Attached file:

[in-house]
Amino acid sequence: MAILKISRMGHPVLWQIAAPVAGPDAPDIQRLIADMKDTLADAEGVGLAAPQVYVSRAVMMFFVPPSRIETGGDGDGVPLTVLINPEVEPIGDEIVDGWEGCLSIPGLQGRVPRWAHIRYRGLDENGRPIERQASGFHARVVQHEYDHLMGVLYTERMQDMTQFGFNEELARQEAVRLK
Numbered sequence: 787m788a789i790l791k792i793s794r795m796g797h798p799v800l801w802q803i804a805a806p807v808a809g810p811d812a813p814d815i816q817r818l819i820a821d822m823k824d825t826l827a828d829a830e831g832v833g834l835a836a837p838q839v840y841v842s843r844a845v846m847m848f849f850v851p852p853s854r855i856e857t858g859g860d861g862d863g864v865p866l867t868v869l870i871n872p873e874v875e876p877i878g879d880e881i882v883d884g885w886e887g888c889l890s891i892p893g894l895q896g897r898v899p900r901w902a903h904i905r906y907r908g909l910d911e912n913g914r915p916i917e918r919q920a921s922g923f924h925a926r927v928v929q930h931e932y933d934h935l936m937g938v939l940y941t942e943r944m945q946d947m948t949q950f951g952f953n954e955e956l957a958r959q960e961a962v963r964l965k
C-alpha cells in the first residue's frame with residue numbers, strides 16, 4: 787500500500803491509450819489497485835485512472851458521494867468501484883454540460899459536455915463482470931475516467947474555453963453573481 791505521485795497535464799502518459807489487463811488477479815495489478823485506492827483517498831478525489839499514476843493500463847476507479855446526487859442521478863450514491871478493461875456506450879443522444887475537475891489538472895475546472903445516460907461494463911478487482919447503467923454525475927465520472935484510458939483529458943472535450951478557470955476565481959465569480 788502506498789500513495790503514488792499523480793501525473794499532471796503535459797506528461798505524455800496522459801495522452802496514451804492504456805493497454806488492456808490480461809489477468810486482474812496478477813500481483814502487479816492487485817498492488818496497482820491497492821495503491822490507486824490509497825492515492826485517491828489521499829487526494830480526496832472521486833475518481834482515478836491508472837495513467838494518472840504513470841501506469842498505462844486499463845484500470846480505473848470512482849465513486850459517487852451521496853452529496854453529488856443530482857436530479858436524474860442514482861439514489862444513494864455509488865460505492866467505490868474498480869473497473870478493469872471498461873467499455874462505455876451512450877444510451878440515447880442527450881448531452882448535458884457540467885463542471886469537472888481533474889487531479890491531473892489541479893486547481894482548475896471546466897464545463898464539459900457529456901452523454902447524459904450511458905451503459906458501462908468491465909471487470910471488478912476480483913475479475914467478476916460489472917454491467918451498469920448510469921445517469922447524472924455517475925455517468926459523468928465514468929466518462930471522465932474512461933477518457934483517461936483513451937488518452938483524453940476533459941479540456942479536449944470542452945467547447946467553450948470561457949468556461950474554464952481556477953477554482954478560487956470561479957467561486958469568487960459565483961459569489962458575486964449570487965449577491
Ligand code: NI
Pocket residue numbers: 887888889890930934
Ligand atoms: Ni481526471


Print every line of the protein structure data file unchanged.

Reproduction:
[in-house]
Amino acid sequence: MAILKISRMGHPVLWQIAAPVAGPDAPDIQRLIADMKDTLADAEGVGLAAPQVYVSRAVMMFFVPPSRIETGGDGDGVPLTVLINPEVEPIGDEIVDGWEGCLSIPGLQGRVPRWAHIRYRGLDENGRPIERQASGFHARVVQHEYDHLMGVLYTERMQDMTQFGFNEELARQEAVRLK
Numbered sequence: 787m788a789i790l791k792i793s794r795m796g797h798p799v800l801w802q803i804a805a806p807v808a809g810p811d812a813p814d815i816q817r818l819i820a821d822m823k824d825t826l827a828d829a830e831g832v833g834l835a836a837p838q839v840y841v842s843r844a845v846m847m848f849f850v851p852p853s854r855i856e857t858g859g860d861g862d863g864v865p866l867t868v869l870i871n872p873e874v875e876p877i878g879d880e881i882v883d884g885w886e887g888c889l890s891i892p893g894l895q896g897r898v899p900r901w902a903h904i905r906y907r908g909l910d911e912n913g914r915p916i917e918r919q920a921s922g923f924h925a926r927v928v929q930h931e932y933d934h935l936m937g938v939l940y941t942e943r944m945q946d947m948t949q950f951g952f953n954e955e956l957a958r959q960e961a962v963r964l965k
C-alpha cells in the first residue's frame with residue numbers, strides 16, 4: 787500500500803491509450819489497485835485512472851458521494867468501484883454540460899459536455915463482470931475516467947474555453963453573481 791505521485795497535464799502518459807489487463811488477479815495489478823485506492827483517498831478525489839499514476843493500463847476507479855446526487859442521478863450514491871478493461875456506450879443522444887475537475891489538472895475546472903445516460907461494463911478487482919447503467923454525475927465520472935484510458939483529458943472535450951478557470955476565481959465569480 788502506498789500513495790503514488792499523480793501525473794499532471796503535459797506528461798505524455800496522459801495522452802496514451804492504456805493497454806488492456808490480461809489477468810486482474812496478477813500481483814502487479816492487485817498492488818496497482820491497492821495503491822490507486824490509497825492515492826485517491828489521499829487526494830480526496832472521486833475518481834482515478836491508472837495513467838494518472840504513470841501506469842498505462844486499463845484500470846480505473848470512482849465513486850459517487852451521496853452529496854453529488856443530482857436530479858436524474860442514482861439514489862444513494864455509488865460505492866467505490868474498480869473497473870478493469872471498461873467499455874462505455876451512450877444510451878440515447880442527450881448531452882448535458884457540467885463542471886469537472888481533474889487531479890491531473892489541479893486547481894482548475896471546466897464545463898464539459900457529456901452523454902447524459904450511458905451503459906458501462908468491465909471487470910471488478912476480483913475479475914467478476916460489472917454491467918451498469920448510469921445517469922447524472924455517475925455517468926459523468928465514468929466518462930471522465932474512461933477518457934483517461936483513451937488518452938483524453940476533459941479540456942479536449944470542452945467547447946467553450948470561457949468556461950474554464952481556477953477554482954478560487956470561479957467561486958469568487960459565483961459569489962458575486964449570487965449577491
Ligand code: NI
Pocket residue numbers: 887888889890930934
Ligand atoms: Ni481526471